Separating Animations

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There are two ways to deal with animations in Unity:

  1. Export one large file that includes all of the animations and separate them inside of Unity.
  2. Export one dedicated model file and a series of animation files using the @ naming scheme.

Information may be found here:

Separating Animations inside of Unity

Importing models and animations as one large file actually keeps the overall file size smaller. Exporting many separate files can be heavy on space usage.

  1. Drag the one large file into Unity's Project Panel.
  2. Select the model to open it in the Inspector.
  3. Select the model to open it in the Inspector.
  4. Check the Split Animations checkbox.
  5. Directly underneath, there should be an empty table that says "Name|Star|End|WrapMode|Loop." Click on the little circle with a plus sign in it (See Figure 1). File:Animations1.jpg
  6. A row should be added named "idle" with start value 1 and end value 25. Click on the name to modify it how you wish. Same with the Start and End Value. These numbers correspond to the Start Frame and the End Frame of the animation. Unity will automatically sample the animation at whatever framerate your Modeling package is set to, so these numbers should be the exact same as what you keyed them as.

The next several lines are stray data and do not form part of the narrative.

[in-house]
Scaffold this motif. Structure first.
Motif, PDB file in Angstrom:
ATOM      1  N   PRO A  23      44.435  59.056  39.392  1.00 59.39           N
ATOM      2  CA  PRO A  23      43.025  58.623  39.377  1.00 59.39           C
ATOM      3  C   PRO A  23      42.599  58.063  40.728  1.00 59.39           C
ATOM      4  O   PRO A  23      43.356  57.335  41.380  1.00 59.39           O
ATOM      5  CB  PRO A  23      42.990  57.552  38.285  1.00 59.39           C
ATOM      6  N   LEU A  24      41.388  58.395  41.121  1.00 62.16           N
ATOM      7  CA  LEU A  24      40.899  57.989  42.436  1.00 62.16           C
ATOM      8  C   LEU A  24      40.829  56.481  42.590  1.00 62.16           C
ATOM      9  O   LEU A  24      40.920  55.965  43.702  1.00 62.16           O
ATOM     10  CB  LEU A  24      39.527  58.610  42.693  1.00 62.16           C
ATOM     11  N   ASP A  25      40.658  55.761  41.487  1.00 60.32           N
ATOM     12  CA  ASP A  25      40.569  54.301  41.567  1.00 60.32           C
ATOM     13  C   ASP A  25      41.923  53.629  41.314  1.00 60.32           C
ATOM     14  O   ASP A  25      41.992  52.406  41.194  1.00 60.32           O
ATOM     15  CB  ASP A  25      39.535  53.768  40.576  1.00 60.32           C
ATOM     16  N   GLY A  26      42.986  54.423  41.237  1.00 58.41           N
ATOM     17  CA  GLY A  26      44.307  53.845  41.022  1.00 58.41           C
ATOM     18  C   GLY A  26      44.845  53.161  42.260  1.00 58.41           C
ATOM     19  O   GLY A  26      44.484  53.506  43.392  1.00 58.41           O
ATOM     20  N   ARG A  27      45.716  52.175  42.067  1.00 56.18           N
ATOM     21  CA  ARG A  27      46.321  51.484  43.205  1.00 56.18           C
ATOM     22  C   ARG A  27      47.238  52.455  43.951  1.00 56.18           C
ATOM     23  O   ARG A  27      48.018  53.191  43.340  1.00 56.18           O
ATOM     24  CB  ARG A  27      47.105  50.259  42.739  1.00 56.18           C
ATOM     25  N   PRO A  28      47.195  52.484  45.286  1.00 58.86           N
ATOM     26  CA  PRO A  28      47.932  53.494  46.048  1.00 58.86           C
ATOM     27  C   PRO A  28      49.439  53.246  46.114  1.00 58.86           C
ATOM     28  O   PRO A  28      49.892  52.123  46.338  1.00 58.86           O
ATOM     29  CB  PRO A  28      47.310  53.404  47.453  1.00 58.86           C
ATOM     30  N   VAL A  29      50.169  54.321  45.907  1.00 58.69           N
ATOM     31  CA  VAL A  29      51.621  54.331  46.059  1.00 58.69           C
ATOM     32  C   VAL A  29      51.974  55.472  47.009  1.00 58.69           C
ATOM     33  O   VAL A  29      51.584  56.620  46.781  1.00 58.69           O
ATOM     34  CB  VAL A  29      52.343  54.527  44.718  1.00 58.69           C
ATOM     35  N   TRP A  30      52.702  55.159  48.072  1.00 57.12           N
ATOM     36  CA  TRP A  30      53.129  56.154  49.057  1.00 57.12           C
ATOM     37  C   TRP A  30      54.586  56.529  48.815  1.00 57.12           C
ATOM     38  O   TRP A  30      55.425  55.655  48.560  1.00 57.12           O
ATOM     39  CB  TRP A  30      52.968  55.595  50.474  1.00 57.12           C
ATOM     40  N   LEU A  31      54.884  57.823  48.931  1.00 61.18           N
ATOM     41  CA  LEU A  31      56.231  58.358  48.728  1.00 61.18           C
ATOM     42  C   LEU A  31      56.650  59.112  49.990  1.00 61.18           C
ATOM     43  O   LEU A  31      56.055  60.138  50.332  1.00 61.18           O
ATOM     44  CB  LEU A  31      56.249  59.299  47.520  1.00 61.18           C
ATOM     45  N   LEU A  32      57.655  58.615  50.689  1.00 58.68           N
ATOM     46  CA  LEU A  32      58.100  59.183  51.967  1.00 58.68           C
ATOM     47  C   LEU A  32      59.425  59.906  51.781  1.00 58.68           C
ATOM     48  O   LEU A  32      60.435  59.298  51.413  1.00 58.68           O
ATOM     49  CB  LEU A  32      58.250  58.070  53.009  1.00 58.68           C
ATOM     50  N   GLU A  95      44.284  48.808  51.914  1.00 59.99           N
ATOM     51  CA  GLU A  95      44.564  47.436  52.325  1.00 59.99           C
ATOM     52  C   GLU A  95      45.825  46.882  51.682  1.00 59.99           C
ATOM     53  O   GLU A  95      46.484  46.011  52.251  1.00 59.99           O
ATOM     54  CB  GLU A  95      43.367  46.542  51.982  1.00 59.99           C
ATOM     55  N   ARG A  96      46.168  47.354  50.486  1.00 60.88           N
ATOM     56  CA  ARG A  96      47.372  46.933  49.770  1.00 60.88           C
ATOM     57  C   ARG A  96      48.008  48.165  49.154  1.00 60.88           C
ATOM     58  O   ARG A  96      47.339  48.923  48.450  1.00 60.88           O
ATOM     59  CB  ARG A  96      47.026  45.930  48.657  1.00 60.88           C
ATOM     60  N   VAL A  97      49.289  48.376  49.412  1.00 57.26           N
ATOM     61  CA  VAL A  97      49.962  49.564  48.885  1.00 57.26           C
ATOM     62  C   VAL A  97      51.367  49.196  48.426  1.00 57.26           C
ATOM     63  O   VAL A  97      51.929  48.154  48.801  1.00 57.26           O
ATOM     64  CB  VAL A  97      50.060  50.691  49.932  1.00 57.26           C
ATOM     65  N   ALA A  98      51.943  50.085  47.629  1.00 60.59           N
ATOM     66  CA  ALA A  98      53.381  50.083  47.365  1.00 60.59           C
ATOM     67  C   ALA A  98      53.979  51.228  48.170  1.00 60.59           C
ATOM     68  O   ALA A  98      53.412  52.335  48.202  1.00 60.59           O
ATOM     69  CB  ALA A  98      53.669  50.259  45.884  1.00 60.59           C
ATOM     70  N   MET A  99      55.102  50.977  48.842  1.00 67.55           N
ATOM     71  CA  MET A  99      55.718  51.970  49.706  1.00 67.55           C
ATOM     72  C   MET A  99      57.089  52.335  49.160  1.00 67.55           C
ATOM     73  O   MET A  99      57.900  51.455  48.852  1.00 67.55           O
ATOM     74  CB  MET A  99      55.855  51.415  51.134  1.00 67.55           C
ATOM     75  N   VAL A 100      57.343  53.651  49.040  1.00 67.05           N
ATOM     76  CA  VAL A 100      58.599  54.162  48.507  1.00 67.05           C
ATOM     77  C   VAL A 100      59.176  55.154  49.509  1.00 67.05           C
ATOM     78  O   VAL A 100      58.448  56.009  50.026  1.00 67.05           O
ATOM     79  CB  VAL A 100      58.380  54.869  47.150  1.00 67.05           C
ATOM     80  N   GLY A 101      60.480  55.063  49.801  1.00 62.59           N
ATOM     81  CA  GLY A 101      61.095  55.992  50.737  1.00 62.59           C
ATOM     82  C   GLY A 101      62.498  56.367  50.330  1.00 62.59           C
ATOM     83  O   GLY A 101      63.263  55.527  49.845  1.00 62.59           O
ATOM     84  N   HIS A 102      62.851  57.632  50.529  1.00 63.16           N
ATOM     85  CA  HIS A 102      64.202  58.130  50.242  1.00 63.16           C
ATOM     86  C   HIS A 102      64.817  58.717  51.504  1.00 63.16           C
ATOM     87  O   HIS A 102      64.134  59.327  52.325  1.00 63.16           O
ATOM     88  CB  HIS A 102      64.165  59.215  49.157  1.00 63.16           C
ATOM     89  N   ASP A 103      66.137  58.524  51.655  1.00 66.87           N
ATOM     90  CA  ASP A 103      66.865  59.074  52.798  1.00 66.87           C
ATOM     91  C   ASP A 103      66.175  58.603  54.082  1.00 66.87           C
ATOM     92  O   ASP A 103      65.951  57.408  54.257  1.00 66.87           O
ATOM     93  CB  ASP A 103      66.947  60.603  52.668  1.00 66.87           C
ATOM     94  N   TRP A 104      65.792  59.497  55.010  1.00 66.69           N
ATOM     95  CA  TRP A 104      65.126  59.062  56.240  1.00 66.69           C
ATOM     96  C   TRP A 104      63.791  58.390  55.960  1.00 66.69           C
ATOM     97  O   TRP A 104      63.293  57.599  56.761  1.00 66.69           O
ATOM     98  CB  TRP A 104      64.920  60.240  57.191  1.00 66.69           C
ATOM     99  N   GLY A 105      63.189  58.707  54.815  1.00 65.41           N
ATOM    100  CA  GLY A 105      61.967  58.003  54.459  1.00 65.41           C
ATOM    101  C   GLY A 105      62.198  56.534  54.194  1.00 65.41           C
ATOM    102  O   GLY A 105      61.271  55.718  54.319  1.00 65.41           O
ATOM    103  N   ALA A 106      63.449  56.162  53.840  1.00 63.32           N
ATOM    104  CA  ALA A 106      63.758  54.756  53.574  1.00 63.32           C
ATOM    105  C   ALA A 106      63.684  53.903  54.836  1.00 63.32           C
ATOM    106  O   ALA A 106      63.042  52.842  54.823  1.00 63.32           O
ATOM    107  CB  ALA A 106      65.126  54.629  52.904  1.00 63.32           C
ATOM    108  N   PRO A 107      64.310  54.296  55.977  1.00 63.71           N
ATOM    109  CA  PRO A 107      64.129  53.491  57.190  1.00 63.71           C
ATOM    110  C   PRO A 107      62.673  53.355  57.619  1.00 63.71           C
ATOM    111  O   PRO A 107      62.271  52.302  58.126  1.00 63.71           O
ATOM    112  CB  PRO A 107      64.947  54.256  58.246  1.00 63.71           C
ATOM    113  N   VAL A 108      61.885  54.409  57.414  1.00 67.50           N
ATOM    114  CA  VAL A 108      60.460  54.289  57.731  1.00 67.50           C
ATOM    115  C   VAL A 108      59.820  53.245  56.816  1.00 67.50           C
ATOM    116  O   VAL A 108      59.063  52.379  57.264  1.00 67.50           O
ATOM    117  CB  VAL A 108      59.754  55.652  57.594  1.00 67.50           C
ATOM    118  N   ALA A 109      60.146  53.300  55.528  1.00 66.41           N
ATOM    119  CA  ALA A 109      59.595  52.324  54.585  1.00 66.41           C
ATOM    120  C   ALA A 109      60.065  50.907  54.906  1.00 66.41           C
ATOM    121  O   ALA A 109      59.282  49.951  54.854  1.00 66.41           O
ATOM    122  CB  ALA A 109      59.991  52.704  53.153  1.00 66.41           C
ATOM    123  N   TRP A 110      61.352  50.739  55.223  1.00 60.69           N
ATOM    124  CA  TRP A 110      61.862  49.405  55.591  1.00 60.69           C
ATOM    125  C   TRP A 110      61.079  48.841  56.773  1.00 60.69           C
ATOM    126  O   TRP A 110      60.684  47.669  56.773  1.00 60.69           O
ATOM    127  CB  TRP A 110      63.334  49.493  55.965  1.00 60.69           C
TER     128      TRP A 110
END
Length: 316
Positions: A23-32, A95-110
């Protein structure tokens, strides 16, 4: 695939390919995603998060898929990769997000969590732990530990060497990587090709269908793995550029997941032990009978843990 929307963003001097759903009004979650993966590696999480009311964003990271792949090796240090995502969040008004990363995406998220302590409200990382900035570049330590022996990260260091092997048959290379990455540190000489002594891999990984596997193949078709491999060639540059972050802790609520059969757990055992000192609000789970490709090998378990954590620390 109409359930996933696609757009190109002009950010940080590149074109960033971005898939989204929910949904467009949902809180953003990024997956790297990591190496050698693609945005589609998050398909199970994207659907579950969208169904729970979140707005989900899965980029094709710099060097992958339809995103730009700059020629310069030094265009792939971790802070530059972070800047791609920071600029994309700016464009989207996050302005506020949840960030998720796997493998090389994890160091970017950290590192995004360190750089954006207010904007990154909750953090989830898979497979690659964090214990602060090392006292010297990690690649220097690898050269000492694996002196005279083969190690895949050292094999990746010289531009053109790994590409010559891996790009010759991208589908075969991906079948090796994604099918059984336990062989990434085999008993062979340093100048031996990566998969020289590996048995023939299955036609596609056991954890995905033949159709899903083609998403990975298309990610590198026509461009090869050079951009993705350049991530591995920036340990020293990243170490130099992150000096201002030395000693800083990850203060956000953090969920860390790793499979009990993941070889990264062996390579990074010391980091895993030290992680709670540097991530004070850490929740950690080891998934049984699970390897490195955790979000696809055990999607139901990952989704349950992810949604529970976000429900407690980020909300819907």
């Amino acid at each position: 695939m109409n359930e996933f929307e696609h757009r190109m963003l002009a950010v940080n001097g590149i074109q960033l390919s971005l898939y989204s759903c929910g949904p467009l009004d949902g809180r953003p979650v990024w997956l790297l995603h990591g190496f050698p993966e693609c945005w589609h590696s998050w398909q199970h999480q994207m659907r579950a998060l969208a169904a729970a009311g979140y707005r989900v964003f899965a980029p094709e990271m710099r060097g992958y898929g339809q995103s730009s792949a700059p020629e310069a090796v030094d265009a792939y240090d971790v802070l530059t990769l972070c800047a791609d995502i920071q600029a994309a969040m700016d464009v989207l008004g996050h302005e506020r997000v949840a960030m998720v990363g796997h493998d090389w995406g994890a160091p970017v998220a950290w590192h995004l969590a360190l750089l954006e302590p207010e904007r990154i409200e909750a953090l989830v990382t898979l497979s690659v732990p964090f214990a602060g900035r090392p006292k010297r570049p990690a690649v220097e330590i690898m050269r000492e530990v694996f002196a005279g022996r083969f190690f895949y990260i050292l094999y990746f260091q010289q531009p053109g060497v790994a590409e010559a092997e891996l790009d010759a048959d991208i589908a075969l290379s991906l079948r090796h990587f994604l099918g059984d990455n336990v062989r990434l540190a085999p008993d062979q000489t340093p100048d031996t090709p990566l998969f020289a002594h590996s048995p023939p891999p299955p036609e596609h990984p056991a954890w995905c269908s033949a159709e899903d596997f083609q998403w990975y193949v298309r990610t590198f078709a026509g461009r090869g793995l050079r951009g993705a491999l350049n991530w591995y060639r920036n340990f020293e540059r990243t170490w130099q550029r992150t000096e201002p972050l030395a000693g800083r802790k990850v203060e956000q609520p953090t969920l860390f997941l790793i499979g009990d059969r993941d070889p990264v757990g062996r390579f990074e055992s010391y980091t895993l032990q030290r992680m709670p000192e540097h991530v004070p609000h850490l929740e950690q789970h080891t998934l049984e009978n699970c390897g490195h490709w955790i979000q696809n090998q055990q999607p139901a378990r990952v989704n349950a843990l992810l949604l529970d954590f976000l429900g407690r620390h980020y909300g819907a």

7. WrapMode will dictate how your animation will play. Go here for a more detailed explanation on WrapMode:
  8. Click on the circle with the plus sign again to add another animation clip. Do this as many times as you wish.
  9. Your programmer should be able to access these animations by script.

The @ Naming Method

Animations can be split outside of Unity as well by exporting separate files for the model and each animation. The advantage of this is that each animation is completely separate from the other animations. Should you want to modify, lengthen or shorten a specific animation, it will not affect any of the other animations.

  1. Save a file to serve as the "model" file. Either export as an FBX or as the native modeling package's file format. Note: Make sure the native file format is Unity Supported. Go here to see Modeling Packages supported by Unity:
  2. For the first animation, set the animation start and end frames and save another file. This time, use the naming convention modelname@animationname. For example, say the model is named person, then the animation is named person@walk.
  3. Repeat step 2 for every animation.
  4. Import all the files into Unity via the Project Panel.
  5. Unity will automatically detect and link models and animation files that are named this way. e.g. Unity will find the @ symbol in person@walk, search for a model file named person and assign an animation named walk onto it.
  6. Your programmer should be able to access the animations by script.